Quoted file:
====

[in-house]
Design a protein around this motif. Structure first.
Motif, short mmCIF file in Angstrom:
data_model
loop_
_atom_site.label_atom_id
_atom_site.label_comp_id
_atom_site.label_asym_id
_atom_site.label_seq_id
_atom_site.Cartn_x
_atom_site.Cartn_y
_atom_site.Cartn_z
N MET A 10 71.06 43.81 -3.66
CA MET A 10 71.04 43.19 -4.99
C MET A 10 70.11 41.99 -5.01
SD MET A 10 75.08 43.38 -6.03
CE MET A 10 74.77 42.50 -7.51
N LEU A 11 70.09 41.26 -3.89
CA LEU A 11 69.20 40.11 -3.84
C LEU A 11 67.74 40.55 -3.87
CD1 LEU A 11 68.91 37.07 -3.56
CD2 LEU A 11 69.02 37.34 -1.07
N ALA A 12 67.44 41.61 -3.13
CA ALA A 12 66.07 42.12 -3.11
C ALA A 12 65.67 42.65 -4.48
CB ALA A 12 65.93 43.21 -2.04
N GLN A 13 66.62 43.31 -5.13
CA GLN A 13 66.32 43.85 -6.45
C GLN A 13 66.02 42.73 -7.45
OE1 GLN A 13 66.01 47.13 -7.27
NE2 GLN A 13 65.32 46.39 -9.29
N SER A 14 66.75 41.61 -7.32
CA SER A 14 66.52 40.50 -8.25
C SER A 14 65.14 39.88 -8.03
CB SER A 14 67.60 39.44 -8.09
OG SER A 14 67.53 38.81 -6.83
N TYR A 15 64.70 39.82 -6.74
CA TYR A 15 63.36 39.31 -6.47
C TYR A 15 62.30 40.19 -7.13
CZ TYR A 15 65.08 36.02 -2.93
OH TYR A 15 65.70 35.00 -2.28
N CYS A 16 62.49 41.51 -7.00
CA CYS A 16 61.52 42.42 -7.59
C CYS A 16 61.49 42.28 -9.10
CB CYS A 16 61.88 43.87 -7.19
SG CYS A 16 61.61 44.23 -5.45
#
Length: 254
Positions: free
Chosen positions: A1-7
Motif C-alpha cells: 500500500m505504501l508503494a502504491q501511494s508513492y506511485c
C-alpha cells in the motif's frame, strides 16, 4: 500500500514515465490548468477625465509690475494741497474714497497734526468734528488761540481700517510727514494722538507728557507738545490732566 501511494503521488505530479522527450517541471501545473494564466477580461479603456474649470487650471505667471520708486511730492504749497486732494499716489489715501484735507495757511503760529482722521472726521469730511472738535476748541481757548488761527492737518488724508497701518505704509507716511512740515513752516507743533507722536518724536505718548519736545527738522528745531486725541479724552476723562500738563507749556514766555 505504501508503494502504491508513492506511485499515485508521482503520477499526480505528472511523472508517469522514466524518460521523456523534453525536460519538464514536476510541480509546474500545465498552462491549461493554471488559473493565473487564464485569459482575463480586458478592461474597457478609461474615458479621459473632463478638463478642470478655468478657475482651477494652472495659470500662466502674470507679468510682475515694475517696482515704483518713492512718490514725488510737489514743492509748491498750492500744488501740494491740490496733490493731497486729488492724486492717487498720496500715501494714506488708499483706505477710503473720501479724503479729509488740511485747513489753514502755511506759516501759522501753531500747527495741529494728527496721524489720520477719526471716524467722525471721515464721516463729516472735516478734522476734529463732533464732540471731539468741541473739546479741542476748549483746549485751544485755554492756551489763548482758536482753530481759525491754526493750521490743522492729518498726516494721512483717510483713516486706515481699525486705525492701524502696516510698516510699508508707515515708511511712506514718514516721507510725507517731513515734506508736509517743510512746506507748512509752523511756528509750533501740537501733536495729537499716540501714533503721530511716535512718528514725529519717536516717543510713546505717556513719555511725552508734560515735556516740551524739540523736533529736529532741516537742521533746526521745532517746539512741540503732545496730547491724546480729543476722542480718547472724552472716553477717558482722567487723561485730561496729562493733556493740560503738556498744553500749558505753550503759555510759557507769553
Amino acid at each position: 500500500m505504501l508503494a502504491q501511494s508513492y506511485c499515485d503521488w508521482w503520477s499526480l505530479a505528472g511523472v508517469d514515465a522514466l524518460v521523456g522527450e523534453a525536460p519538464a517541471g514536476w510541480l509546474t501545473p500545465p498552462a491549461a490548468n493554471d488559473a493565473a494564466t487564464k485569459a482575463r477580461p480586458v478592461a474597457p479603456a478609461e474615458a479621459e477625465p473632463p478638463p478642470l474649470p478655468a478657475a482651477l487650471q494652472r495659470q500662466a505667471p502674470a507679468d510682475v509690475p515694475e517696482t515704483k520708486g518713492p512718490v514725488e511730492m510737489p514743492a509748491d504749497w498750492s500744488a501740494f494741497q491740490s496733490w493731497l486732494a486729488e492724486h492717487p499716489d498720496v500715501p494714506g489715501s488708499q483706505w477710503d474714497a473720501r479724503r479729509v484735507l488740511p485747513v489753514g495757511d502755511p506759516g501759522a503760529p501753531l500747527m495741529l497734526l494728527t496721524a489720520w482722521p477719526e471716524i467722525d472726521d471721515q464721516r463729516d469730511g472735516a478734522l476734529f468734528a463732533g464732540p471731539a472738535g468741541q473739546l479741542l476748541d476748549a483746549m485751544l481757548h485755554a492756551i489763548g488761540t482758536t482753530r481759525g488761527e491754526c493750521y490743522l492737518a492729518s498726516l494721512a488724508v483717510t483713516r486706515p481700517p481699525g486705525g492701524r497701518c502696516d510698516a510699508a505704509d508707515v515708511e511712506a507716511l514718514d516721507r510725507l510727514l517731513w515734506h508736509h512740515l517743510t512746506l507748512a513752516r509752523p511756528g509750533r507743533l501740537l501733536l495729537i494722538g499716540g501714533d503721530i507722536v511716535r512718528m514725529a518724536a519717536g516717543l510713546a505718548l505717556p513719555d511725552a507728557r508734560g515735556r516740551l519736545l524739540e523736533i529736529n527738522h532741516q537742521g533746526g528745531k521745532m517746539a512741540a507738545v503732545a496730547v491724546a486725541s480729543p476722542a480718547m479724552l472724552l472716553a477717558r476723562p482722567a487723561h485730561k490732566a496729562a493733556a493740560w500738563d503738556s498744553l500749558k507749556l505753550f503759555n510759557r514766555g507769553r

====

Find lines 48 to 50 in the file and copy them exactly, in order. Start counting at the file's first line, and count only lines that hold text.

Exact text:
Length: 254
Positions: free
Chosen positions: A1-7